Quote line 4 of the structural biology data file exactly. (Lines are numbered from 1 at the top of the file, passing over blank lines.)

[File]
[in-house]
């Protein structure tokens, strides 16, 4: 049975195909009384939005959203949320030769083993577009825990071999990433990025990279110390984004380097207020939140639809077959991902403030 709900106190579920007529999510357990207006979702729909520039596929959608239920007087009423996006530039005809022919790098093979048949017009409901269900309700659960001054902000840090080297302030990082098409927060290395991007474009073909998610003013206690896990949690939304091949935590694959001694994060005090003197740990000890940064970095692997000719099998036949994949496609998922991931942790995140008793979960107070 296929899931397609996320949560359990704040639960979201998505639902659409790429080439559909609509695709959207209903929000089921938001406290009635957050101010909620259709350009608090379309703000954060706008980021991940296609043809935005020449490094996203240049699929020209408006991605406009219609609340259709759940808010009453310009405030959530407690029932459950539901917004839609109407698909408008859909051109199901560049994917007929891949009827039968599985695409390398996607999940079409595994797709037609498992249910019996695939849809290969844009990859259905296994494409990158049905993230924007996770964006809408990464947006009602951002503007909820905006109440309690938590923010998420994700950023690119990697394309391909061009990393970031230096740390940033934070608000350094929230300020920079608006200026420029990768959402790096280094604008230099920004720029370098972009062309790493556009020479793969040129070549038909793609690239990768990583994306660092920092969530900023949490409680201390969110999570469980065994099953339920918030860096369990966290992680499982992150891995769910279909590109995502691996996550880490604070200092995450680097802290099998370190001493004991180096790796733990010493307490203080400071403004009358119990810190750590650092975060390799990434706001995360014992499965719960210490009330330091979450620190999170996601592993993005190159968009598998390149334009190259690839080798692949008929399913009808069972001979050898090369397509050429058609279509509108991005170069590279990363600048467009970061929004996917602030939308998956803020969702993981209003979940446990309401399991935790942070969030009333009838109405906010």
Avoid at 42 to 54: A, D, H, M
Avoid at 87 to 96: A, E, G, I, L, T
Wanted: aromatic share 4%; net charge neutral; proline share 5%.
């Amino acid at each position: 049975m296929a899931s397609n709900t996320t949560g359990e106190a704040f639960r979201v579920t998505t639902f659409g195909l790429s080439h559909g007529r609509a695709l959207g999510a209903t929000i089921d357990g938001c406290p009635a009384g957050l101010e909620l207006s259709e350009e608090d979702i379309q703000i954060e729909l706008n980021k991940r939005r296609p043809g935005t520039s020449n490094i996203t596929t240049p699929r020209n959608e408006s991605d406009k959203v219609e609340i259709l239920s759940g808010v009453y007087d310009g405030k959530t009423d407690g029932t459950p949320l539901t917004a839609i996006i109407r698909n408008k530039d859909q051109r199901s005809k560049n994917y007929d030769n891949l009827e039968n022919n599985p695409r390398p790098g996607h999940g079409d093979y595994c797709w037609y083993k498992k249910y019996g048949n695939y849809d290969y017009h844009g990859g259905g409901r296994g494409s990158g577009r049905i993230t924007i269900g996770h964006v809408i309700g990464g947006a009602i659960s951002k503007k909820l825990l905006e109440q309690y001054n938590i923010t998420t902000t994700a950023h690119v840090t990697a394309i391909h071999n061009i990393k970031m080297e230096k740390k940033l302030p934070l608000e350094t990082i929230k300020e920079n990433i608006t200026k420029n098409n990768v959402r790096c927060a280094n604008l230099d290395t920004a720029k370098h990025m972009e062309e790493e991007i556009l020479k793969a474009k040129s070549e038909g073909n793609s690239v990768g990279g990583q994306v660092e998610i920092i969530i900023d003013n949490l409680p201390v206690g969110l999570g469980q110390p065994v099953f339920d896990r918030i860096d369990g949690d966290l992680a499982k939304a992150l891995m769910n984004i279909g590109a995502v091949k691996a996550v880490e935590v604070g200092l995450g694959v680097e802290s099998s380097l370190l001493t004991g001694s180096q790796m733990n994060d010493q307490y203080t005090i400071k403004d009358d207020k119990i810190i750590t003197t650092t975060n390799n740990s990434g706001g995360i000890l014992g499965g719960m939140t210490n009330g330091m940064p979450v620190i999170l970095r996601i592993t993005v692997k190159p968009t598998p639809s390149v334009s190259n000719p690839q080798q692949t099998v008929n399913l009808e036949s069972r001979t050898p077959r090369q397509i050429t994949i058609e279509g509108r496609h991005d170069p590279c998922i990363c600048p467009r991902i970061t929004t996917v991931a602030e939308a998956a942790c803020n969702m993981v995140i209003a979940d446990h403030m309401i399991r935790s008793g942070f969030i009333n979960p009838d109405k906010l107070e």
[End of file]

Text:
Avoid at 87 to 96: A, E, G, I, L, T